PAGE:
DOHA (Reuters) - Qatar inaugurated the first of seven new World Cup 2022 stadiums on Thursday, just weeks before a crucial FIFA summit will decide whether to expand the tournament and potentially push it beyond the tiny Gulf state’s borders to accommodate a larger format.
Fans packed into the Al Janoub stadium, a 40,000 seat venue made to resemble the sail of a dhow, or traditional wooden sailboat, to cheer on Qatari teams playing in the final of the Emir Cup, a local tournament for the country’s club sides.
The inauguration comes as soccer’s world governing body FIFA floats a plan to expand the next World Cup to 48 teams from 32, which could require a last-minute co-host despite a protracted dispute between Qatar and some of its neighbors, bans on alcohol and a lack of facilities restricting likely candidates.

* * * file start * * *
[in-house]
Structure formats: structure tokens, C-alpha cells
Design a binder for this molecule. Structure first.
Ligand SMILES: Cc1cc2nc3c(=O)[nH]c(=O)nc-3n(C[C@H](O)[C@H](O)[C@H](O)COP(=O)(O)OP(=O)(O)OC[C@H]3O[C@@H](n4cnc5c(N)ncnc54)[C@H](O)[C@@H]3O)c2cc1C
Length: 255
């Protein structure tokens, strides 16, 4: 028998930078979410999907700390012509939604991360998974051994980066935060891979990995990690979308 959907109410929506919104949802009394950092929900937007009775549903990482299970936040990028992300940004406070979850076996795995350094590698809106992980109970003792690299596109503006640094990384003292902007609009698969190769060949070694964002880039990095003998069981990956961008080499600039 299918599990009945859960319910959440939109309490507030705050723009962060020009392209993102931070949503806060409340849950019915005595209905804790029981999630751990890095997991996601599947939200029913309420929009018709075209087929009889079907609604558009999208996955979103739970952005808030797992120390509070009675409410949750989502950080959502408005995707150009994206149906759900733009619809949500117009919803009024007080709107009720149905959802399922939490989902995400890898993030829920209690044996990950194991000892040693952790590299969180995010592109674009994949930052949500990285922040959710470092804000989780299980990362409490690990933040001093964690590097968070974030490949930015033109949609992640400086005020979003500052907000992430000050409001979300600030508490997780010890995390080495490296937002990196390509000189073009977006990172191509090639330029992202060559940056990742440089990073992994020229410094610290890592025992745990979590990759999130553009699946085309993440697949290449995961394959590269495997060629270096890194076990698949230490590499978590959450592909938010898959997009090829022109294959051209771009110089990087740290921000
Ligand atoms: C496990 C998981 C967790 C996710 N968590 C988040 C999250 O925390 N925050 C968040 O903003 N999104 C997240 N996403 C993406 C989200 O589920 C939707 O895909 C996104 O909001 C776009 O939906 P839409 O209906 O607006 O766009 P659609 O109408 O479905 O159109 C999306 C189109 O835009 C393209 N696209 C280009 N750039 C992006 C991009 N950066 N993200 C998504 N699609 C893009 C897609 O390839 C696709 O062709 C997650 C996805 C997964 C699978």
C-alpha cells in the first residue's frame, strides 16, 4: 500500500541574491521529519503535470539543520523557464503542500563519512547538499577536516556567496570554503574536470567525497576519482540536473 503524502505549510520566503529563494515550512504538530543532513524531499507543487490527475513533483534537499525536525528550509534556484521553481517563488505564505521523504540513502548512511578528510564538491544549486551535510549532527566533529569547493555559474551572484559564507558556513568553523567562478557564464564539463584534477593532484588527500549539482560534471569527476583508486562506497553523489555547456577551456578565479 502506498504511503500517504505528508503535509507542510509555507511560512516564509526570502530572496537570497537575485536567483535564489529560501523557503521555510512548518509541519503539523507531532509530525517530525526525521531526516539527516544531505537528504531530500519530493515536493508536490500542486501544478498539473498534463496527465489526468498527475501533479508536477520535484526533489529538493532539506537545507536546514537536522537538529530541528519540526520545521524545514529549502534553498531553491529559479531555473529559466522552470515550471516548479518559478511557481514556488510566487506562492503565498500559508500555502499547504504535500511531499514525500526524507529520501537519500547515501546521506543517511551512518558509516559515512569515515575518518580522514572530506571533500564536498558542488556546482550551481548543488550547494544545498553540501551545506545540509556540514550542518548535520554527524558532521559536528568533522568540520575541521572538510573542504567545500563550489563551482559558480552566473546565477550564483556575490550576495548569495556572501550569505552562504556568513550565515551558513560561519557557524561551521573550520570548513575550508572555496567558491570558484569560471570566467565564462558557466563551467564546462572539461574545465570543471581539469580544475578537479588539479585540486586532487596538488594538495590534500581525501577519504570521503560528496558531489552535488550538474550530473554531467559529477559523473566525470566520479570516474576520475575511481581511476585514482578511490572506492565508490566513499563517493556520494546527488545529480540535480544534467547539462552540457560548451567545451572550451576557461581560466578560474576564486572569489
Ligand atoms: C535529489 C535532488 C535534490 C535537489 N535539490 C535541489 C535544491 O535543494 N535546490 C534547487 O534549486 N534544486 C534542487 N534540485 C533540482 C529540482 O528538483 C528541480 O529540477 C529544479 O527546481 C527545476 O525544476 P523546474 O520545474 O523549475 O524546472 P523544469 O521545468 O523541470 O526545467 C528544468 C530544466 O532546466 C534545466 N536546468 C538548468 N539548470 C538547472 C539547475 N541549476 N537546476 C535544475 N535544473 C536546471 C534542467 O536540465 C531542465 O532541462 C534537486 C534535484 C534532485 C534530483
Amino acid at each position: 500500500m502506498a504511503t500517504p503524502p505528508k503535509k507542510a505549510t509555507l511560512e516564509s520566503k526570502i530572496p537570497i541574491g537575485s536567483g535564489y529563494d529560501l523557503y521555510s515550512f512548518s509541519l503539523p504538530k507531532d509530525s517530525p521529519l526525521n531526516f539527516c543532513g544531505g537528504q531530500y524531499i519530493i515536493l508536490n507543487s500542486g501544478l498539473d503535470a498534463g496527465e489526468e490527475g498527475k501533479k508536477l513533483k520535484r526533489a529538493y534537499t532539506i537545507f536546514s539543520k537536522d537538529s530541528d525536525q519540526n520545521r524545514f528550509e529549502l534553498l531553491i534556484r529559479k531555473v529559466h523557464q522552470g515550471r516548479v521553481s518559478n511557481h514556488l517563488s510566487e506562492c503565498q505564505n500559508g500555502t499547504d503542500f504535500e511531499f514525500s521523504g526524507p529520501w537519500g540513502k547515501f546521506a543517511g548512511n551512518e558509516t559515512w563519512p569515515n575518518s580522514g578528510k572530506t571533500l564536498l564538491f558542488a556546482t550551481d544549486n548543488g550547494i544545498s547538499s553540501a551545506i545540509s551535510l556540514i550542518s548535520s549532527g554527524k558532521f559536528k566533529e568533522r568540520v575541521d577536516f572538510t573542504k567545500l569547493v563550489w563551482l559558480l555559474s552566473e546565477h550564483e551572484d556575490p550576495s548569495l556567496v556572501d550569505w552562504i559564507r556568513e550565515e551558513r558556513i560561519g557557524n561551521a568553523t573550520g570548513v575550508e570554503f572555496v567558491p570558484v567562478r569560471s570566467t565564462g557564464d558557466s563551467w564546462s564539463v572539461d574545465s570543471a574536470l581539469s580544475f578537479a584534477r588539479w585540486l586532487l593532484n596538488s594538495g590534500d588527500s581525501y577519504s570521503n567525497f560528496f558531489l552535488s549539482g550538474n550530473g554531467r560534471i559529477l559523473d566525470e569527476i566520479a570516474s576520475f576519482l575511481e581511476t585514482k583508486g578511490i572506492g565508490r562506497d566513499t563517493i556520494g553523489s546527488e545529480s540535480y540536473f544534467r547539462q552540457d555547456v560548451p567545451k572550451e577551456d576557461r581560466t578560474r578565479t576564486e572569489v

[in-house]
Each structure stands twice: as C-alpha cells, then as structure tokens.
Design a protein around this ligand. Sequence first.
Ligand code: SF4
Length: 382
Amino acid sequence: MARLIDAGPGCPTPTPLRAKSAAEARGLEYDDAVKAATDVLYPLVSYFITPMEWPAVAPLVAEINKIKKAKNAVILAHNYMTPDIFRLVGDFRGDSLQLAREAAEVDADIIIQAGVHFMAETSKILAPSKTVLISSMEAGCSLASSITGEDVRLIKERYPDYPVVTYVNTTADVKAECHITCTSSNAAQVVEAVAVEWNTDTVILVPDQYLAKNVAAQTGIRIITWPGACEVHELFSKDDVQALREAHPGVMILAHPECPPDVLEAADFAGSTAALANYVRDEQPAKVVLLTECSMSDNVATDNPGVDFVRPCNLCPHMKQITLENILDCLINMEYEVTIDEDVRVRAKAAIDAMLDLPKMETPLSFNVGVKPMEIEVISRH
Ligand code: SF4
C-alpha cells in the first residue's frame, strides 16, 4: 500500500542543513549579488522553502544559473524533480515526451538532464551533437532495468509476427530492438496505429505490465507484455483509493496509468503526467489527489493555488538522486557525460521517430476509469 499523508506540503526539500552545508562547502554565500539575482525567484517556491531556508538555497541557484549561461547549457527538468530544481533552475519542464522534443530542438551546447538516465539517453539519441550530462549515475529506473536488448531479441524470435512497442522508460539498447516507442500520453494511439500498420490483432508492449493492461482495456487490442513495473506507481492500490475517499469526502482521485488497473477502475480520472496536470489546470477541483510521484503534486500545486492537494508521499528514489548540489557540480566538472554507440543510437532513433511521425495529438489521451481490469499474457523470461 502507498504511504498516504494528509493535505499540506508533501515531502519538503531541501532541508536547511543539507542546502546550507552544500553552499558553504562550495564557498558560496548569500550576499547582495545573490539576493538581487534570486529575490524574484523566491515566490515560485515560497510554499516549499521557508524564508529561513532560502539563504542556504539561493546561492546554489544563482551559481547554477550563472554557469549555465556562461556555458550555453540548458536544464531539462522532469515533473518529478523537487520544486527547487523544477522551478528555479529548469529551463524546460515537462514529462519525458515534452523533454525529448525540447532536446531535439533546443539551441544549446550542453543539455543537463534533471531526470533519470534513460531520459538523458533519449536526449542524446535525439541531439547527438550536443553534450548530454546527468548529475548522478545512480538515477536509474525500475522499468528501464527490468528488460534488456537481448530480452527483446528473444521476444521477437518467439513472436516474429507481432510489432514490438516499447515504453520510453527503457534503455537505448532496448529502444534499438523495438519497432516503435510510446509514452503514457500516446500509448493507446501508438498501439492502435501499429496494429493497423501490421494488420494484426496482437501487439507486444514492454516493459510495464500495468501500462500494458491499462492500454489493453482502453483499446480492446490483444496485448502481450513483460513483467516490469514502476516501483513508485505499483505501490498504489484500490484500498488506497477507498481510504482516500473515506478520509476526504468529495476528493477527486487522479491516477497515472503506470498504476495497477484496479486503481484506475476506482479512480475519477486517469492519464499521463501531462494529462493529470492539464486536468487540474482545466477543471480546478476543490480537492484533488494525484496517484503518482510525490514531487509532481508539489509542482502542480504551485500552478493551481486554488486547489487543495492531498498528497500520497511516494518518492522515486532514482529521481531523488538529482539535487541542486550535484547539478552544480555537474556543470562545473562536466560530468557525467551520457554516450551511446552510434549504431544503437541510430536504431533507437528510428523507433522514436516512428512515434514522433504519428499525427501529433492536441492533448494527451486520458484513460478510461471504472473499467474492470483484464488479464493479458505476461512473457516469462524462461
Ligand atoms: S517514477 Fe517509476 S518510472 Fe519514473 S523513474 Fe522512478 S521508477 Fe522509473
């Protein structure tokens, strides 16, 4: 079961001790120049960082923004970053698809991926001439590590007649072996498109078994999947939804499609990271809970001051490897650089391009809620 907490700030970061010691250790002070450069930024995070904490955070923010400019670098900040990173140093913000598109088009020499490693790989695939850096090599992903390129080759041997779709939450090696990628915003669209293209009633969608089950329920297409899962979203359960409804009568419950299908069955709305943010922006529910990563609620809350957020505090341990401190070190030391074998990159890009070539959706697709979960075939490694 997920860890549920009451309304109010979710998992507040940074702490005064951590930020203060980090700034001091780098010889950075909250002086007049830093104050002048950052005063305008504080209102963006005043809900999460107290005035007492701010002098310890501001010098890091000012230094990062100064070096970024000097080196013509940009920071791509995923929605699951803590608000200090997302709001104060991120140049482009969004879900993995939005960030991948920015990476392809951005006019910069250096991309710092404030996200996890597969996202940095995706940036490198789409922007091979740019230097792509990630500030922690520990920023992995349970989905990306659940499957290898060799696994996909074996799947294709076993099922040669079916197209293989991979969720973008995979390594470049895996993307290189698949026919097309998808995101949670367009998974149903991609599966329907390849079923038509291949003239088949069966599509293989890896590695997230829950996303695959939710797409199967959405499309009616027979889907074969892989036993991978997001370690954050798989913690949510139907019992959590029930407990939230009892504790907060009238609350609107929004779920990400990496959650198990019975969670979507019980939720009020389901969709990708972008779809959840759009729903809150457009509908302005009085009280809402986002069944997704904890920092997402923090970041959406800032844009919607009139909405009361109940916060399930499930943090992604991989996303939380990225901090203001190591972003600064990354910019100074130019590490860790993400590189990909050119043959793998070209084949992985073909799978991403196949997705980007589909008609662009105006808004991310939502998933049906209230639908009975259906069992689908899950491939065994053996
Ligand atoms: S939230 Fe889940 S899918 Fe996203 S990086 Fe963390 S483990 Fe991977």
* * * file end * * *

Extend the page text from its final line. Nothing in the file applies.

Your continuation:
Saudi Arabia, the United Arab Emirates, Bahrain and Egypt have imposed a political and trade boycott on Qatar since mid-2017, accusing it of supporting terrorism, which Doha denies.
That rift has strained efforts by FIFA President Gianni Infantino to push for a suitable Word Cup co-host even as qualifying matches begin early next month.
FIFA will host its annual congress in Paris on June 5, where it is expected to make a final call on the expansion, though any decision must be signed off by Qatar, the first Arab country to win hosting rights for the tournament in 2010.
The finals will start in November 2022, having been moved from the usual June-July slot to avoid the searing summer heat.
Al Janoub, a fully air-conditioned stadium which kept the temperature 10 degrees lower than the 29 Celsius outside, was called Al Wakrah after the city just south of Doha.
However, Qatar’s Emir Sheikh Tamim bin Hamad al-Thani tweeted before the match that it was being renamed.
It is one of seven venues built from scratch for the 2022 World Cup, with an eighth stadium renovated and opened in 2017.
Qatar has pushed ahead with an ambitious scale-up of its infrastructure ahead of 2022 that includes $6-8 billion on stadiums and sporting facilities, part of efforts to use the tournament to diversify its energy economy and project itself on to the world stage through sport.
Reporting by Eric Knecht; Editing by Ken Ferris
Our Standards: The Thomson Reuters Trust Principles.